Rightmove’s House Price Index Reports New Instructions Fall as Prices Stand Still
September 21, 2006 (PRLEAP.COM) Business NewsThis month’s small rise of 0.2% (£526) in average national asking prices gives further evidence that the 2006 price surge is coming to an end. The property market appears to be adjusting prices of its own accord in reaction to increasing home ownership costs. A rise in interest rates would add an additional and unnecessary burden to stretched affordability.
Miles Shipside, Commercial Director of Rightmove comments: “Asking prices are at a virtual standstill. The market appears to be correcting affordability issues itself and does not need further intervention from the Bank of England. At this pivotal stage it is likely to do more harm than good”.
First time buyers were the first to be edged out of the market as prices reached record levels. There are now signs that current prices and the increasing costs of home ownership are also affecting the ability of potential sellers to trade up. Consequently, fewer properties are coming to the market. Rightmove measured 123,000 properties newly marketed in the last month. This is the lowest number of new instructions we have seen since January. A shortage such as this would normally lead to substantial price rises, even in the traditionally quiet summer months. However, as stretched buyer affordability starts to bite, there is the unusual dynamic of falling supply with a price standstill as opposed to rises. Average unsold property stocks per branch fell from 65 in July to 63 last month, with estate agents reporting more potential sellers hesitant to place their property on the market.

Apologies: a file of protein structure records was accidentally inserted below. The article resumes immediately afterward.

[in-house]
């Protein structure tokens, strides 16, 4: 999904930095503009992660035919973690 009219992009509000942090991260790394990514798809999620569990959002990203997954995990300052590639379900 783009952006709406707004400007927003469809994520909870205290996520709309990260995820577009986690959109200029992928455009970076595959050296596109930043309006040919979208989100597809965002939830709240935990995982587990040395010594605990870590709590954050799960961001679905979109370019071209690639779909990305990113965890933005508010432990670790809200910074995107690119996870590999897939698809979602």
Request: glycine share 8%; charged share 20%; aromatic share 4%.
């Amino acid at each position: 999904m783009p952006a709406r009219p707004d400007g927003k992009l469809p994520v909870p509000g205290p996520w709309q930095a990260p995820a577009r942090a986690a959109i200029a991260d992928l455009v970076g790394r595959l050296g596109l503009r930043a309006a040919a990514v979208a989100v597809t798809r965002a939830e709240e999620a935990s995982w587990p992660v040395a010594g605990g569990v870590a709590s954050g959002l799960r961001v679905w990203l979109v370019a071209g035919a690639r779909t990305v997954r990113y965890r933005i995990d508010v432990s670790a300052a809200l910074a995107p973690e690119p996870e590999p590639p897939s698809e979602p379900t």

Miles Shipside adds: “Sellers trading up have been sheltered from rising prices, as they were already on the property ladder. Now the price gap to the next rung has got even wider, some of those thinking of selling are delaying marketing until their own affordability improves. They are now in the same boat as many would be first time buyers”.
The buoyancy of the economy and consequent lack of forced sales mean that most sellers can afford to wait for buyer affordability to improve rather than be forced to substantially drop their asking prices. The market partially re-adjusted during 2005 when average prices remained static. The result was greater sales volumes, followed by a London led southern mini boom. There is an ongoing financial challenge for buyers to meet their housing needs. They now face average asking prices 9.8% higher than this time last year. In addition, there is also the burden of paying increased energy, council tax and mortgage bills…plus the possibility of a further interest rate increase.
We forecast the 2006 increase will drift back to circa 8% for the year, as sellers coming to the market price more keenly to sell before Christmas.
Miles Shipside concludes: “The pent up demand is there, both from first time buyers and existing home owners looking to move. As they are stretched, they are forced to be choosy and look for the best value. Sellers should price competitively and offer less on the one they are buying, as it’s often the only way to do deals in this market”.
Rightmove is the UK’s leading property website, displaying details of homes for sale or rent to the largest online audience. It has around 75% of all properties for sale and at any time displays a stock of over 850,000 properties to buy or rent, worth around £170 billion. All eight corporate estate agents (those with 100 or more branches) list their properties on the site. The Rightmove.co.uk site receives over 14 million visits every month and has been ranked as high as 7th in terms of most viewed UK website (source: Hitwise).
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